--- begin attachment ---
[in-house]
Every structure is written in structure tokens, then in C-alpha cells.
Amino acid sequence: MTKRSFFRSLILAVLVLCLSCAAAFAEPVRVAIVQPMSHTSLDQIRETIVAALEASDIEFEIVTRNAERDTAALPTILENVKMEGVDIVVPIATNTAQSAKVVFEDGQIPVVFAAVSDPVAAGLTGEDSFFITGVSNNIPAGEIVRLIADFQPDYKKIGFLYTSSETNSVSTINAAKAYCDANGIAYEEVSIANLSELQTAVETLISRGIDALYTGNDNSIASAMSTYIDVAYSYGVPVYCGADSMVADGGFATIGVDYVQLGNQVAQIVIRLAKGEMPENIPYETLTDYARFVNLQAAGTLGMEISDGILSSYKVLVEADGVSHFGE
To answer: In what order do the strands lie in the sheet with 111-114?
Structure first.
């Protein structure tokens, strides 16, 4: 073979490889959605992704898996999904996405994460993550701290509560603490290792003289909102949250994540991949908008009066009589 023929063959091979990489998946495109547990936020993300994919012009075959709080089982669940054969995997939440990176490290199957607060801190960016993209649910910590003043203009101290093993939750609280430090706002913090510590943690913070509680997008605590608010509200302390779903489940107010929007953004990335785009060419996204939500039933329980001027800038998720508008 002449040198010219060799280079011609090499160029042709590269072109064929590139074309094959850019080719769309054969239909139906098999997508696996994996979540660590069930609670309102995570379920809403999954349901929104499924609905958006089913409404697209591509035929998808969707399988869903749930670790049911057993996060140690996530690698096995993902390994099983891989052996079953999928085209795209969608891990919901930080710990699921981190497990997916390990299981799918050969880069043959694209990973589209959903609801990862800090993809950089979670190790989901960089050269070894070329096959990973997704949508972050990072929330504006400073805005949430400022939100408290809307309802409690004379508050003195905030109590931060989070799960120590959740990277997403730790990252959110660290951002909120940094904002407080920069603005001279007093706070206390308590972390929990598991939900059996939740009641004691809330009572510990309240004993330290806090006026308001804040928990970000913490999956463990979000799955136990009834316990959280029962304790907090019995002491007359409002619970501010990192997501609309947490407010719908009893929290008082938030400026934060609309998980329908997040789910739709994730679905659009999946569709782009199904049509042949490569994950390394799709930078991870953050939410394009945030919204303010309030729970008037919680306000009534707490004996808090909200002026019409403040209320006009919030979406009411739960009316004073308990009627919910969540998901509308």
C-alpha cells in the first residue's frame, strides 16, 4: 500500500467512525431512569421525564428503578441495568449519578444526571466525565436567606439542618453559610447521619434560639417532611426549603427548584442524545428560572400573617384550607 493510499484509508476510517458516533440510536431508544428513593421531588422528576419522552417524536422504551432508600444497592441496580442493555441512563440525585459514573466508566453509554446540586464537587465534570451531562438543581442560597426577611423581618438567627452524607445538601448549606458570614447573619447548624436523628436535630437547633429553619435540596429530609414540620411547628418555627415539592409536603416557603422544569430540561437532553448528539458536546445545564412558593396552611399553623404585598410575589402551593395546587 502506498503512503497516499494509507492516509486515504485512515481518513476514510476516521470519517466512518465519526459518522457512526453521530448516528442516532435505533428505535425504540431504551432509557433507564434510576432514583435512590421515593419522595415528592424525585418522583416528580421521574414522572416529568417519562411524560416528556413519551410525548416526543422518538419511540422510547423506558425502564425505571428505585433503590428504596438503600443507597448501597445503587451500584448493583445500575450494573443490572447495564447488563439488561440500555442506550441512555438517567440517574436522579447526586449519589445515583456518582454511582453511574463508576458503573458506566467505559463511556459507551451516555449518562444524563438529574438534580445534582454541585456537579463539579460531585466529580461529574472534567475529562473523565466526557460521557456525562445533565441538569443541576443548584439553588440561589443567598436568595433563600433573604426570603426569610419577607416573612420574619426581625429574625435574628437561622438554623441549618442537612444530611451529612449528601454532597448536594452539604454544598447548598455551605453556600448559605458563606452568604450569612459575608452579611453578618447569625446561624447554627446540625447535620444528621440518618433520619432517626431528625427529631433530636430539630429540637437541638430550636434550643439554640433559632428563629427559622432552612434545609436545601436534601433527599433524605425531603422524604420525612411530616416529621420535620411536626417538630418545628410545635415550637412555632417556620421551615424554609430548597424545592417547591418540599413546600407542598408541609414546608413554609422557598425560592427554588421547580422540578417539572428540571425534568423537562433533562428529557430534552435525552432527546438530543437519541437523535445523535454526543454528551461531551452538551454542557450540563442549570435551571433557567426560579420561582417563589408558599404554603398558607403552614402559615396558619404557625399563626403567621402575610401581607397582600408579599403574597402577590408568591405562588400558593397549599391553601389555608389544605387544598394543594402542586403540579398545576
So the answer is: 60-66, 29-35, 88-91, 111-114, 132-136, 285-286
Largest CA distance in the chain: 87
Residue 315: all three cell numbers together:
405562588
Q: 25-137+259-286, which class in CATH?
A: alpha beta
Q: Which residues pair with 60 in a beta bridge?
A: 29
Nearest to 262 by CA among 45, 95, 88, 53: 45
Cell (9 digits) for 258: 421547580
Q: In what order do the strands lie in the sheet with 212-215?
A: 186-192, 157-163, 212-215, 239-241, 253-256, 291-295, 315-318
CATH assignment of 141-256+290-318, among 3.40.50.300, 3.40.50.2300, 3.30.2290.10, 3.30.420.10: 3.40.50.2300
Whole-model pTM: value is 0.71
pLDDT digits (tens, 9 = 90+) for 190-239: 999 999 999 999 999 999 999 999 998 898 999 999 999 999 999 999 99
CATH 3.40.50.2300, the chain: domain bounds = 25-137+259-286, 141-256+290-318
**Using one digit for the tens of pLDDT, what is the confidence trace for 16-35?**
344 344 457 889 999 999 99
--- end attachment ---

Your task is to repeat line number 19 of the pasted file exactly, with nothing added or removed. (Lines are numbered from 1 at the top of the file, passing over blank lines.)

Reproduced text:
A: 186-192, 157-163, 212-215, 239-241, 253-256, 291-295, 315-318